How often a dog’s coat needs to be trimmed depends on the type of coat. Different dog breeds have different grooming requirements, so to determine what exactly your dog needs, check out our guide below.
Curly coat (for example: Doodle, Poodle or Bichon Frise)
As these dogs have long coats that grow continuously, these dogs need to have their coats trimmed every 6 to 10 weeks. You will also need to detangle and brush the dog’s coat in between visits to the groomer.
Trimming advice: every 6 to 8 weeks.
Longhair (example: Yorkshire Terrier, Borzoi or Briard)
Daily coat care is necessary to prevent tangling. A visit to the grooming salon every 8 to 10 weeks prevents a lot of trouble for your dog. The dog has a long top coat, but no undercoat or a short undercoat (depending on the breed). After neutering or spaying, an abundant coat will develop.
Trimming advice: every 8 to 10 weeks.
Medium length hair (example: Irish Setter, German Stand, or English Cocker Spaniel)
These dogs have a longer top coat with a shorter undercoat. Good brushing and combing is important to keep the coat in top condition. After neutering or sterilization, an abundant coat will develop. A visit to the salon twice a year is desirable.
Trimming advice: twice a year.
Wirehair (for example: Fox Terrier, Vizsla or Welsch Terrier)
A naturally wiry coat will not tangle easily, sand and dirt will fall out easily. The coats on these dogs should be trimmed every 3 months or completely shaved twice a year. Depending on the structure and hair growth of the coat, the groomer will determine which option is best for your dog.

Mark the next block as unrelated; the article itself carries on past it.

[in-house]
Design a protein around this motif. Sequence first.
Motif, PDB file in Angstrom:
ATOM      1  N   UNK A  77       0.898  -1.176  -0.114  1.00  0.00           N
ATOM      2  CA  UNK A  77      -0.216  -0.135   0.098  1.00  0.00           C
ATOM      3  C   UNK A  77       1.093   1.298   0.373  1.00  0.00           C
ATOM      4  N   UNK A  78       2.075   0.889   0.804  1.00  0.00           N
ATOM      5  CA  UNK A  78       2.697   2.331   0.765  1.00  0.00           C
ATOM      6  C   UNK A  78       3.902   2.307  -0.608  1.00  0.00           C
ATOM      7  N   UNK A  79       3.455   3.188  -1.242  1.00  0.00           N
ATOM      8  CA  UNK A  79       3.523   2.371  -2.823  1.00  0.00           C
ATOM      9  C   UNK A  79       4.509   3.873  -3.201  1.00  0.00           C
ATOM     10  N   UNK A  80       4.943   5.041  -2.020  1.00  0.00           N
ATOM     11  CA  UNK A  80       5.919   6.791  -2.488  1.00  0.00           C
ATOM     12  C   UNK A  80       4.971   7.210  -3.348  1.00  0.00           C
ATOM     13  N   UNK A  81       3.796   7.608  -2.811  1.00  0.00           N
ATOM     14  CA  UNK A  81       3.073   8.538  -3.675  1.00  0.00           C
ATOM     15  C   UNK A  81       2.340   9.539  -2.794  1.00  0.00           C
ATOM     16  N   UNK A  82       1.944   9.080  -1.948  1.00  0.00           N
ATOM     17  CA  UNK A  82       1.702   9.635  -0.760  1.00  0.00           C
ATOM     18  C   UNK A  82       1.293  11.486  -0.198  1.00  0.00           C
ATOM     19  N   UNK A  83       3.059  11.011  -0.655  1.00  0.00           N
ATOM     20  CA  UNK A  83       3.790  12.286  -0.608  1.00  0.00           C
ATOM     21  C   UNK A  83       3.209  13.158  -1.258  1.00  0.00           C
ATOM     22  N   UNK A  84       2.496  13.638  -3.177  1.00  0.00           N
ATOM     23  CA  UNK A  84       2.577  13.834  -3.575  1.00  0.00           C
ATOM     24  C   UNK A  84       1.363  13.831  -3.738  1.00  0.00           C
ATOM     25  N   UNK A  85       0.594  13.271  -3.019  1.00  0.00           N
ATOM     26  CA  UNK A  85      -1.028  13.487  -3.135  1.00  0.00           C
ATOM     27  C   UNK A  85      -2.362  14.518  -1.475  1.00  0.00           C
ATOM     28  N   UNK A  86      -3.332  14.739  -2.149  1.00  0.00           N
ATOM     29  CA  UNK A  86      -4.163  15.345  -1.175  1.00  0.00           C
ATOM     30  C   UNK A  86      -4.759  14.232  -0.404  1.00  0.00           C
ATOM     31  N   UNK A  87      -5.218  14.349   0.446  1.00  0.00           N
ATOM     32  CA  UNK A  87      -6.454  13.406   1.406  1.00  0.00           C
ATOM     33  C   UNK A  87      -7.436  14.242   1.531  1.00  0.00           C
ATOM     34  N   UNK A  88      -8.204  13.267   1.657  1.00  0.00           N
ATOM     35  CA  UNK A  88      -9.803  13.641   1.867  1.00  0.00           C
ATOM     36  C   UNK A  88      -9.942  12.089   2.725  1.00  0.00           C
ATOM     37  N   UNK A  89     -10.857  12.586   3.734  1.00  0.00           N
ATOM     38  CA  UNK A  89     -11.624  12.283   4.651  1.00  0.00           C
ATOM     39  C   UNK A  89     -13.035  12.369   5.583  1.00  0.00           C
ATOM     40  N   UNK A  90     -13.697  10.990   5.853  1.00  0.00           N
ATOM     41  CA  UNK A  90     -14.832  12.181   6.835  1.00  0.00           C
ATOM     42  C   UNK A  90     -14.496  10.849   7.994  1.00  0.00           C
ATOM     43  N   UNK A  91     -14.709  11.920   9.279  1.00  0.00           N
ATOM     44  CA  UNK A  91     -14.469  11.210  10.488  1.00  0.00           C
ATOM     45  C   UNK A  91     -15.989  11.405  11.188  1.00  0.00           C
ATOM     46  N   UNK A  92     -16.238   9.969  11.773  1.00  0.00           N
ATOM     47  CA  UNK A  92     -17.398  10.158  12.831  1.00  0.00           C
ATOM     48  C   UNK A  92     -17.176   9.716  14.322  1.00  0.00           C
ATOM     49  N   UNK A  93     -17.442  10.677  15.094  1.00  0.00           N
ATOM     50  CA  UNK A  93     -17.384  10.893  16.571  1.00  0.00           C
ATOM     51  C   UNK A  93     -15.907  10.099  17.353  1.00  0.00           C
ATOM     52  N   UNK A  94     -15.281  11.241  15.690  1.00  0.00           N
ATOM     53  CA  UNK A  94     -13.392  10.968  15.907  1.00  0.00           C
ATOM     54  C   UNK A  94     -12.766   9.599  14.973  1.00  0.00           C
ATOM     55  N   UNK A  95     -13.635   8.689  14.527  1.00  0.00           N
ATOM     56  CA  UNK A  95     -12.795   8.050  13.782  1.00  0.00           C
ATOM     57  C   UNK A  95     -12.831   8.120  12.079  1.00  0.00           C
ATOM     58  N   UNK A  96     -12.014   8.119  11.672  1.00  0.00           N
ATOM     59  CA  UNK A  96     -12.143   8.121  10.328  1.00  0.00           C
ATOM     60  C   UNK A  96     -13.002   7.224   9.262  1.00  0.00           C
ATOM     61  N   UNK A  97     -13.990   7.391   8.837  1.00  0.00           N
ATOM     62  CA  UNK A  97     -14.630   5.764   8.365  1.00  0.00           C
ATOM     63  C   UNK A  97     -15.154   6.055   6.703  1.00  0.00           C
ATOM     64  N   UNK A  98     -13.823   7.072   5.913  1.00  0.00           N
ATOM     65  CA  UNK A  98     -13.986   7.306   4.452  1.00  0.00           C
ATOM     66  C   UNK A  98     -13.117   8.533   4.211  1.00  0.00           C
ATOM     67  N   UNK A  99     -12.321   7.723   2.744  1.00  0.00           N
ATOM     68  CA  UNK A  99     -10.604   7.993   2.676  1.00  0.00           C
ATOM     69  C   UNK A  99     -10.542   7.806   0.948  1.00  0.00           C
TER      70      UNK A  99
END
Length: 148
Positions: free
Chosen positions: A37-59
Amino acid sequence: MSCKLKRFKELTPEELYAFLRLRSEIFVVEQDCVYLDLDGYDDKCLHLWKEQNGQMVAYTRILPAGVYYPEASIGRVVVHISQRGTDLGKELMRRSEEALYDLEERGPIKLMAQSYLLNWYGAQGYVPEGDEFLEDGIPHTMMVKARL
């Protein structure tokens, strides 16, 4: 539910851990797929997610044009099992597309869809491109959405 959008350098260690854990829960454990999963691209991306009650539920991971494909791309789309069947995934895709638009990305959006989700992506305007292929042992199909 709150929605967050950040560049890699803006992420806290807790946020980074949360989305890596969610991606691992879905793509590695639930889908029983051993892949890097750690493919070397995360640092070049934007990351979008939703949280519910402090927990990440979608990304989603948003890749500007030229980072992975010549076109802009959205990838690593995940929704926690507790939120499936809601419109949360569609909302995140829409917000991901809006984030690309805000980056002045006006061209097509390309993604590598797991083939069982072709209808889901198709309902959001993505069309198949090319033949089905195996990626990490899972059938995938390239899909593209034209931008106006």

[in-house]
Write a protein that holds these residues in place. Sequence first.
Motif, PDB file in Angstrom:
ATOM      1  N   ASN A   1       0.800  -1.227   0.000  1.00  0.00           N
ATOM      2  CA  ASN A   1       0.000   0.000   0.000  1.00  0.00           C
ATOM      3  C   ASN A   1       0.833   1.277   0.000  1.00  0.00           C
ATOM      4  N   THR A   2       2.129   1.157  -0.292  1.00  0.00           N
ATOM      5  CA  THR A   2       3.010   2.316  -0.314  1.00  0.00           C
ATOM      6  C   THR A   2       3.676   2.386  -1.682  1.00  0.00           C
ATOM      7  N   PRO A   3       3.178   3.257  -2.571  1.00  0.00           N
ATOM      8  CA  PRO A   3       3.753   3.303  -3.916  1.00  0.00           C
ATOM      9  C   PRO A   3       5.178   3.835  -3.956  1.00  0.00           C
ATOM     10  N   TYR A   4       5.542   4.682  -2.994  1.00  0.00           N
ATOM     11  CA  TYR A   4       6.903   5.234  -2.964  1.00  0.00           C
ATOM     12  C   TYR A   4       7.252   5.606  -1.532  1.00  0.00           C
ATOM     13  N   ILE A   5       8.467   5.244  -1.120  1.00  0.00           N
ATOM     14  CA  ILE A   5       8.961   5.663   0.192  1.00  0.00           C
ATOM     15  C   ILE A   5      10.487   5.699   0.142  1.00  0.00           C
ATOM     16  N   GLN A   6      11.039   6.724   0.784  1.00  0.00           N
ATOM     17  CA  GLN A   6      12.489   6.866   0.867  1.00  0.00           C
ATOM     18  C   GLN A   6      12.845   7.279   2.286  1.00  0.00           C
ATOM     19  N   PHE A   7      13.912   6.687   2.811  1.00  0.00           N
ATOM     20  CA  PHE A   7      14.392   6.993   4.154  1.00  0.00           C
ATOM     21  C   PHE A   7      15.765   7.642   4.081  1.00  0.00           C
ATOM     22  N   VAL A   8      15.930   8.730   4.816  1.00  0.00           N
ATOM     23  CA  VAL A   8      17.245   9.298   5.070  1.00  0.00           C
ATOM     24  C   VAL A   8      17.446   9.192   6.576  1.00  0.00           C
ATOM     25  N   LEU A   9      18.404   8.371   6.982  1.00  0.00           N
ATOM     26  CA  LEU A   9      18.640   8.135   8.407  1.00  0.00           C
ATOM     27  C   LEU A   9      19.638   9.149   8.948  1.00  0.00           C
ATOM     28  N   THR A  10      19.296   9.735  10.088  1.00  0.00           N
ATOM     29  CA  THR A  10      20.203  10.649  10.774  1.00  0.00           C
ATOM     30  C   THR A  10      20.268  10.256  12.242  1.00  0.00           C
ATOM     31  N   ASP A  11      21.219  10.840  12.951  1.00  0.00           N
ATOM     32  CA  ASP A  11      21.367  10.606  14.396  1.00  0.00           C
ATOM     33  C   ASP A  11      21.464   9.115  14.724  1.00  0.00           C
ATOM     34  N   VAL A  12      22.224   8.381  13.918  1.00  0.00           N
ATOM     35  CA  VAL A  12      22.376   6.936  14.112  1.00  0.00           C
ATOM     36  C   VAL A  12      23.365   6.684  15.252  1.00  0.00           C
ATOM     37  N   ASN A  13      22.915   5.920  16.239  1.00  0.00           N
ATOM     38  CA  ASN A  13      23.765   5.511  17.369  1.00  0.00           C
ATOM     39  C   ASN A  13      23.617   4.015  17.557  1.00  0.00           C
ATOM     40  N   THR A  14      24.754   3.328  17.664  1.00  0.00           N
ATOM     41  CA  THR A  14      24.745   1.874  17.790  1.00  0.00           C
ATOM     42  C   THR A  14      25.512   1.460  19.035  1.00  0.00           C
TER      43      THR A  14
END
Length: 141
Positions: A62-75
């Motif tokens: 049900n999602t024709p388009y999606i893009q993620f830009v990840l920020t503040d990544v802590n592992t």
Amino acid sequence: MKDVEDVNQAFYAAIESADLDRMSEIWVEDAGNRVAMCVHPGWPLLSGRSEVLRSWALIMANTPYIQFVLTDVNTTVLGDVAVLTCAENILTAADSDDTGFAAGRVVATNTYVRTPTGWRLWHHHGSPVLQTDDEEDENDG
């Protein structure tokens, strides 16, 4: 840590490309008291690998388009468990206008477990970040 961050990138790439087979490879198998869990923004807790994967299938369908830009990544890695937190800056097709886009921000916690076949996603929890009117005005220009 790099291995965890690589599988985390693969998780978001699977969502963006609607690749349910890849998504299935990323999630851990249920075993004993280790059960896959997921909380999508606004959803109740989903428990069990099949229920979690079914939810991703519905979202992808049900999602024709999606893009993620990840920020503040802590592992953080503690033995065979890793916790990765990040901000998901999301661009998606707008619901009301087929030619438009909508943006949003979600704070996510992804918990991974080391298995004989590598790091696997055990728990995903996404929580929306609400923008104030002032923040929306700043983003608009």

Trimming advice: every three months in case of a strip coat (these coats have three hair layers). In case of a plucking coat, it is advisable to shave it every 6 months.
Coarse hair (for example: Border Terrier, Wirehaired Dachshund or Basset Griffon)
A naturally wiry coat will not tangle easily, sand and dirt will fall out easily. The dog will moult twice a year.
Trimming advice: if the dog has a strip coat (these coats have three layers of hair), trimming is needed every twelve weeks. In case of a normal plucking coat, it is advisable to trim it every 6 months.
Stick hair (for example: White Shepherd, German Shepherd or Bernese Mountain Dog)
These dogs have a double coat: an undercoat and a top coat. They shed in the spring and fall, with the undercoat and part of the cover coat coming off.
Trimming advice: twice a year with full moulting.
Smooth hair (eg Boxer, Dalmatian or Rottweiler)
A dog with a short-haired coat requires grooming as soon as it starts molting (shedding). Dogs with a dense coat type have a mosaic moult, which means that they moult 365 days a year.
Trimming advice: twice a year.
Felt hair (for example: Puli, Komondor or Bergamasco)
This coat does not shed but forms strands of felt that must be torn regularly. The coat should not be combed or brushed. You can learn how to divide the felt layer and cords from the breeder.
Trimming advice: occasionally shorten the strands slightly for practical reasons.
Hairless or naked coat (example: Mexican Hairless Dog, Chinese Crested Dog)
The hairless coat type also includes dogs that are almost bald and the powderpuff variety.
These dogs require intensive care because their skin is not protected by fur. The skin should be exfoliated and then rubbed with oil. When the sun is out, it is wise to apply sun cream to prevent burns.